post #6 of 119
I also feel that this is a tough issue.

Frankly, I think a picky eater is far less serious a condition than life or death. In other words, I'd rather some kid go hungry at lunch than my child fall into a serious anaphylactic shock.

OTOH, I think it is rather unrealistic to expect schools to conform to each and every child's issues. Ideally, every classroom and play area should have epipens at the ready, with staff trained to use them (there's nothing fancy about them). Instead, I feel that putting in a "no peanuts" policy is not only the easy way out, but it's giving a VERY false sense of security. What if a child had a PB sandwich before school? I simply cannot believe that it is possible to eliminate all peanut residue from a public place.

It is not easy finding food products that are totally peanut free or made in a peanut free factory. Placing that burden on all parents, rather than the parents of the affected children, doesn't really seem fair to me.

Mostly I think we need to figure out the cause of this peanut allergy epidemic. Peanuts have been food for hundreds, if not thousands, of years. What's going on?
post #7 of 119
e&a's mom - how about a chill pack in his lunch box? or another nut butter like almond?
post #8 of 119

I'm shocked at your responses!

My daughter has a high peanut allergy, and I have to carry around her epipen wherever we go. When I'm there, I moniter what is around her, but if I send her to school I won't be there to make sure that she isn't near peanuts! I know that some schools have Peanut Free zones, where kids with peanut allegies can eat their lunch safely. At least all schools should have that option!

This isn't an issue of just keeping kids from eating an allergen. It isn't even whether or not they touch peanuts (which can cause a reaction) but the Peanut Allergy is one of the only food allegies that is AIRBORN! So if your son won't eat anything else but PB&J (of the foods that you have tried!) and is eating it next to my daughter, and there isn't any staff to administer her Epipen, then she can DIE!

HELLOOOO! I never would think that having someone enjoy their lunch is more important than risking death!

Even most airlines have stopped serving peanuts on their flights due to the airborn nature of the Peanut allergy.

When children are older, and have the skills to know that they shouldn't eat lunch next to their best friend because her best friend is eating PB&J, then great! But in elementary school, that is very unlikely! I guess you people care more about your own kids than other children!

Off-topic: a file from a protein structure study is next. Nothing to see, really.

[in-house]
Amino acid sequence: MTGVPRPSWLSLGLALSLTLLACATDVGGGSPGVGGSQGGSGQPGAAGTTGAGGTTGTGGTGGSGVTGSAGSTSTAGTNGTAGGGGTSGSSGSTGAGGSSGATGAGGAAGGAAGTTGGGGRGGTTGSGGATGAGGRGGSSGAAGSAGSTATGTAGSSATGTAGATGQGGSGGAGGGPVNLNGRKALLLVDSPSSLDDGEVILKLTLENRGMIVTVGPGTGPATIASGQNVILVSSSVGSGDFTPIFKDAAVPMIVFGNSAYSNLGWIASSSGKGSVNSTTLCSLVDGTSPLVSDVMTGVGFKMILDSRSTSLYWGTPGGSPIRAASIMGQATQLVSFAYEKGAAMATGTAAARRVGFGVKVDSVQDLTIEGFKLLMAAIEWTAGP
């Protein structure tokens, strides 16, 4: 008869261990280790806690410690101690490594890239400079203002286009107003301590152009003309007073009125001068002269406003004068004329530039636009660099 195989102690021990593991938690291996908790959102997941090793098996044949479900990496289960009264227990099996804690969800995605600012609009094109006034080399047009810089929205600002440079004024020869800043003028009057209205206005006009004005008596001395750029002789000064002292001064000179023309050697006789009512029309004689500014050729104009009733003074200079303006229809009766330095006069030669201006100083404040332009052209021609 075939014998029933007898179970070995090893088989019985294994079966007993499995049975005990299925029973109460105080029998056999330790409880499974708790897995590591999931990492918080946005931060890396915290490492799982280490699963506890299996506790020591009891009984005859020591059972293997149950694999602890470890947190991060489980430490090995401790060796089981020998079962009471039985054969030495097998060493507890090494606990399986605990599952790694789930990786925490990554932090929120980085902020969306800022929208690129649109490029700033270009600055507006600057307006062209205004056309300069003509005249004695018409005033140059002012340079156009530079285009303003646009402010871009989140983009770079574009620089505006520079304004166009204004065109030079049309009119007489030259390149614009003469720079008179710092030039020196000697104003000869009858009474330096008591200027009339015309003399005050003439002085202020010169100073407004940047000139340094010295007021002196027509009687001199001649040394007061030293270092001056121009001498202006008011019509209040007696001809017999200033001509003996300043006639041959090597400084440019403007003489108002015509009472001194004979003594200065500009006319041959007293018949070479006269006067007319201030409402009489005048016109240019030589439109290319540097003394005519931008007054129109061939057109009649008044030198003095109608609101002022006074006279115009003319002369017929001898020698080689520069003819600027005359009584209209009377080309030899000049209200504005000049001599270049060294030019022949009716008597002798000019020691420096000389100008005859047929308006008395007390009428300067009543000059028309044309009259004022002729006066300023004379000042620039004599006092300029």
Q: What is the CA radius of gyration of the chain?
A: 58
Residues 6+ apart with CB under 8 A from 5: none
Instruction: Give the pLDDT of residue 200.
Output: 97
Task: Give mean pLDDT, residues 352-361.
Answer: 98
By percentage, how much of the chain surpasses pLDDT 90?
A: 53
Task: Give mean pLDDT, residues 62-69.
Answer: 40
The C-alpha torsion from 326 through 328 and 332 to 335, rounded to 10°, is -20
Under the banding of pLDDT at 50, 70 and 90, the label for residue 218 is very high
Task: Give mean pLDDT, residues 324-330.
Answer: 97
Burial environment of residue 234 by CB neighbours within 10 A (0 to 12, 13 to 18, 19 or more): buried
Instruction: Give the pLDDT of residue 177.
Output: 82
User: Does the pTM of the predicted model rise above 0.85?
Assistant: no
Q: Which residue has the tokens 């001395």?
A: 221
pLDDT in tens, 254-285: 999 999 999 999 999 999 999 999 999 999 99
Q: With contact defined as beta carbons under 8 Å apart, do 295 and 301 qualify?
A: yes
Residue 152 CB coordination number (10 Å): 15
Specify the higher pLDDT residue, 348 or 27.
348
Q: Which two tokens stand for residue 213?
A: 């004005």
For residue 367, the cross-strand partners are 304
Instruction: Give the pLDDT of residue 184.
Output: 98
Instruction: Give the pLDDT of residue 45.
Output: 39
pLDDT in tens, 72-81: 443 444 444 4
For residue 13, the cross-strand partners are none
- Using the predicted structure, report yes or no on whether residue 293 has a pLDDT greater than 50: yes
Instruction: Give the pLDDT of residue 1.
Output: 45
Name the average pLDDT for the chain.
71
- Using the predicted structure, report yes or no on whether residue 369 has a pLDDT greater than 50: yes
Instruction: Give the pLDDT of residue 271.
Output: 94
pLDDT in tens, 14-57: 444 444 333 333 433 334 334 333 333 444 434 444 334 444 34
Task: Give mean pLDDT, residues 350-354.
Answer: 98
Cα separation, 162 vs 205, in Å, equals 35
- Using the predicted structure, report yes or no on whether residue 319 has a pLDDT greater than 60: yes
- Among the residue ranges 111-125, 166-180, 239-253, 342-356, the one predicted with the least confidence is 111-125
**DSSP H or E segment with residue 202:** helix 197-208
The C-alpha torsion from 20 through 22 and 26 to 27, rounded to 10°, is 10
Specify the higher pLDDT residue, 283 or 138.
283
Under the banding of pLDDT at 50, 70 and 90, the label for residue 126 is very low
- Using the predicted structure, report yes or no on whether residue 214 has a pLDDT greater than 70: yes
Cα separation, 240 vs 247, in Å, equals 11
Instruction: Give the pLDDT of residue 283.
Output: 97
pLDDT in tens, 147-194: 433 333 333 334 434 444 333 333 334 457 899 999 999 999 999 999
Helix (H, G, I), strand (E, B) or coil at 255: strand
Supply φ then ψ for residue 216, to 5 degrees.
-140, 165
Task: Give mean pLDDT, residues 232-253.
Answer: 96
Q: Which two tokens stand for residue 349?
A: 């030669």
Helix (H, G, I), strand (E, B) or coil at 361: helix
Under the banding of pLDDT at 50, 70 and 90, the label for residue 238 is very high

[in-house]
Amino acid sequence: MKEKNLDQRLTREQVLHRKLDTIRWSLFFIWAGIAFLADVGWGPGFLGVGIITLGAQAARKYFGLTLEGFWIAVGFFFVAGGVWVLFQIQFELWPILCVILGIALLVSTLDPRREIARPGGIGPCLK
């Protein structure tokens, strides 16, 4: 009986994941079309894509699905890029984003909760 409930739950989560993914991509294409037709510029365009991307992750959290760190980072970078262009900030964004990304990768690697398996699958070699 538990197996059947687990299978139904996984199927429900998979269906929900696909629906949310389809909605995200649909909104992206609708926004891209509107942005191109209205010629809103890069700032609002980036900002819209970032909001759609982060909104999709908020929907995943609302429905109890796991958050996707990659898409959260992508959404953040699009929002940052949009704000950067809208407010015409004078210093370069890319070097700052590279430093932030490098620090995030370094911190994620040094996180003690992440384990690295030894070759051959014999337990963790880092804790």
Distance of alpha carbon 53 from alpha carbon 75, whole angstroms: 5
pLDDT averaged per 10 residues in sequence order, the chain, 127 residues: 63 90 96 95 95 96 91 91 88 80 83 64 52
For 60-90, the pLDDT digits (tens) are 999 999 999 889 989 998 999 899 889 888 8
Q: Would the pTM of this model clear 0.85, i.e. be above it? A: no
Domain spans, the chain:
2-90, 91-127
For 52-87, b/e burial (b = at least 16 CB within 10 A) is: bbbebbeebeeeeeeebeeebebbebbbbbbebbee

L.J. - what is NAET? My daughter is allergic to tons of stuff, and I've had to drastically change my diet so that my breastmilk is safe for her... I'd love to help her get rid of her allergies altogether.

post #9 of 119
dreadmama what a worrying thing for you, when my eldest was younger he suffered reactions from peanuts and prawns, we have been fortunate that he has grown out of these.
This year a boy with severe nut allergy started at our school, He is in my youngest boy's class and his mother teaches DS8. He is 5, and I think that for him to be made responsible for his own health is a hard call. He is lucky his mother is there every day. The school is trying to enforce a nut free policy. I have asked the school to maybe print in the newsletter some nut free recipies or the like to give parents some ideas on what they can pack for lunch. The kids in both my sons' classes are not at all concerned they can't have nuts, they are more concerned about this boy, which is great, it shows compassion, something that is sadly lacking in a lot of people.
post #10 of 119
There are tons of threads on NAET in the health & healing boards.

Short version: It's an allergy elimination treatment that uses accupressure points. It's completely non-invasive & safe. It uses Chinese medicine & the meridians and helps change the way your body responds to certain things.
post #11 of 119
"But like another poster said, what if the kid has peanut butter for breakfast and doesn’t wash his/her hands? What then? "

everyone wahes hands when they get to school (an exellent idea anyway...less illness in school) or you ask parents to remember to wash hands if they have peanut products for breafast. Our preschool does both.
post #12 of 119
Clarity -- actually, I would probably start with another nut butter, if that were permitted, and I was in this situation. For me, this is a hypothetical because I've never had to face it. I have heard, though, that some schools just ban all nut products to be safe.

A chill pack just doesn't work for me -- you still can't be sure of the temp. in the lunch box and lunches just sit too long for me. This is probably the one area where I am way too anal, but I worked for a company with an e-coli outbreak and food safety training and I know exactly what an e-coli death looks like in a child. If I can't be sure the temp. of a high-risk food (any meat product) never gets above 40 degrees (or below 160) while it sits, then we don't eat it. Especially not a child who, by definition, has a lower tolerance of food-borne illness.

If this were to be a problem in my kids school, then I would follow the rules because, of course a child's life is worth more than my child's comfort. And for little kids, banning peanuts is probably the only real recourse. But I also think that as the children get older, then other options make more sense. So, its not either or but both in the long run.
post #13 of 119

So my child's life is, like, an *inconvenience*?!?!

I am so shocked that mamas on this board would take a child's life so lightly!!!

My ds2 has life-threatening allergies to dairy and peanuts and possibly eggs. He also has lesser allergies to corn, fruit, soy, wheat, many veggies. We're hoping he'll outgrow some of them but it doesn't look good for the dairy and peanuts. He reacts through contact and from the air-borne proteins of his more severe allergies. There is no way on earth he's ever going to eat in a school cafeteria. We're homeschooling.